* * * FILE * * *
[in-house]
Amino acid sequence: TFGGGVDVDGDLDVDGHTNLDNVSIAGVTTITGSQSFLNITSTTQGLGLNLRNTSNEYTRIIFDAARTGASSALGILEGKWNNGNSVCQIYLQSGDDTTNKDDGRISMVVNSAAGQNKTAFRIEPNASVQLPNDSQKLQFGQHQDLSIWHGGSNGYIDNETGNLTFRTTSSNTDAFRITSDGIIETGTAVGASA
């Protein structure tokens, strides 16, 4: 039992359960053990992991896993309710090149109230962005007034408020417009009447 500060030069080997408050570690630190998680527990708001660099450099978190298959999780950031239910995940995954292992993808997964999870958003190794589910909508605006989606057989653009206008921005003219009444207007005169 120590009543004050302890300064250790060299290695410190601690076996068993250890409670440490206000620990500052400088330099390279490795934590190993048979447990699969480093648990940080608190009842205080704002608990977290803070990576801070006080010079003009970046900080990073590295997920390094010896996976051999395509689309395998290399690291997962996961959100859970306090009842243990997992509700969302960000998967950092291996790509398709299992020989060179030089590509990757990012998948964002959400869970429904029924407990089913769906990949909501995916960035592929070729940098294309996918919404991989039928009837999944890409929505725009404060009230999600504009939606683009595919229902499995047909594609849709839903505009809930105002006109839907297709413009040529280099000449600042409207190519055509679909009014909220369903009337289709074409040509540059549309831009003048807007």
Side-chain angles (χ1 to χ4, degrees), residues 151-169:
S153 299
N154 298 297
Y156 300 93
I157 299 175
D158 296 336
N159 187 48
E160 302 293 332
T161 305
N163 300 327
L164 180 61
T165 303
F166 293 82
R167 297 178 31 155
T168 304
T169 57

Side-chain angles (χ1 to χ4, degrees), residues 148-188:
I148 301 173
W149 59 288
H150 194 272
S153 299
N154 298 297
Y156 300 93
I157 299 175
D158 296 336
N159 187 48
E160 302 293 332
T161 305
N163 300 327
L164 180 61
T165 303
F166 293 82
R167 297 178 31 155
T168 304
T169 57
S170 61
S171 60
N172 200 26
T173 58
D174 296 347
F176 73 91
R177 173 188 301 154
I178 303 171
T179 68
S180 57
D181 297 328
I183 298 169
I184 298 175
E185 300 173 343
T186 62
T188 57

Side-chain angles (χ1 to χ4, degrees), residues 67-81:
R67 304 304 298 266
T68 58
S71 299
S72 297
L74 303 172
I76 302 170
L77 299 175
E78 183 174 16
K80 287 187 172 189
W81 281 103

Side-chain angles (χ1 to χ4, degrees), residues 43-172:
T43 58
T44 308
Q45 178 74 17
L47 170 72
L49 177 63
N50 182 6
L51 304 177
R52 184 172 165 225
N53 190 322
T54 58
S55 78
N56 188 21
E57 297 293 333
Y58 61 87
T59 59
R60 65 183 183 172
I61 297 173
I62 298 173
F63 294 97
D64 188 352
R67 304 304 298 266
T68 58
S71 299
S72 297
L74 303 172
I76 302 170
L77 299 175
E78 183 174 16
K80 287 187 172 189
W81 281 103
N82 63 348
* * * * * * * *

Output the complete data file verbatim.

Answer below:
[in-house]
Amino acid sequence: TFGGGVDVDGDLDVDGHTNLDNVSIAGVTTITGSQSFLNITSTTQGLGLNLRNTSNEYTRIIFDAARTGASSALGILEGKWNNGNSVCQIYLQSGDDTTNKDDGRISMVVNSAAGQNKTAFRIEPNASVQLPNDSQKLQFGQHQDLSIWHGGSNGYIDNETGNLTFRTTSSNTDAFRITSDGIIETGTAVGASA
């Protein structure tokens, strides 16, 4: 039992359960053990992991896993309710090149109230962005007034408020417009009447 500060030069080997408050570690630190998680527990708001660099450099978190298959999780950031239910995940995954292992993808997964999870958003190794589910909508605006989606057989653009206008921005003219009444207007005169 120590009543004050302890300064250790060299290695410190601690076996068993250890409670440490206000620990500052400088330099390279490795934590190993048979447990699969480093648990940080608190009842205080704002608990977290803070990576801070006080010079003009970046900080990073590295997920390094010896996976051999395509689309395998290399690291997962996961959100859970306090009842243990997992509700969302960000998967950092291996790509398709299992020989060179030089590509990757990012998948964002959400869970429904029924407990089913769906990949909501995916960035592929070729940098294309996918919404991989039928009837999944890409929505725009404060009230999600504009939606683009595919229902499995047909594609849709839903505009809930105002006109839907297709413009040529280099000449600042409207190519055509679909009014909220369903009337289709074409040509540059549309831009003048807007």
Side-chain angles (χ1 to χ4, degrees), residues 151-169:
S153 299
N154 298 297
Y156 300 93
I157 299 175
D158 296 336
N159 187 48
E160 302 293 332
T161 305
N163 300 327
L164 180 61
T165 303
F166 293 82
R167 297 178 31 155
T168 304
T169 57

Side-chain angles (χ1 to χ4, degrees), residues 148-188:
I148 301 173
W149 59 288
H150 194 272
S153 299
N154 298 297
Y156 300 93
I157 299 175
D158 296 336
N159 187 48
E160 302 293 332
T161 305
N163 300 327
L164 180 61
T165 303
F166 293 82
R167 297 178 31 155
T168 304
T169 57
S170 61
S171 60
N172 200 26
T173 58
D174 296 347
F176 73 91
R177 173 188 301 154
I178 303 171
T179 68
S180 57
D181 297 328
I183 298 169
I184 298 175
E185 300 173 343
T186 62
T188 57

Side-chain angles (χ1 to χ4, degrees), residues 67-81:
R67 304 304 298 266
T68 58
S71 299
S72 297
L74 303 172
I76 302 170
L77 299 175
E78 183 174 16
K80 287 187 172 189
W81 281 103

Side-chain angles (χ1 to χ4, degrees), residues 43-172:
T43 58
T44 308
Q45 178 74 17
L47 170 72
L49 177 63
N50 182 6
L51 304 177
R52 184 172 165 225
N53 190 322
T54 58
S55 78
N56 188 21
E57 297 293 333
Y58 61 87
T59 59
R60 65 183 183 172
I61 297 173
I62 298 173
F63 294 97
D64 188 352
R67 304 304 298 266
T68 58
S71 299
S72 297
L74 303 172
I76 302 170
L77 299 175
E78 183 174 16
K80 287 187 172 189
W81 281 103
N82 63 348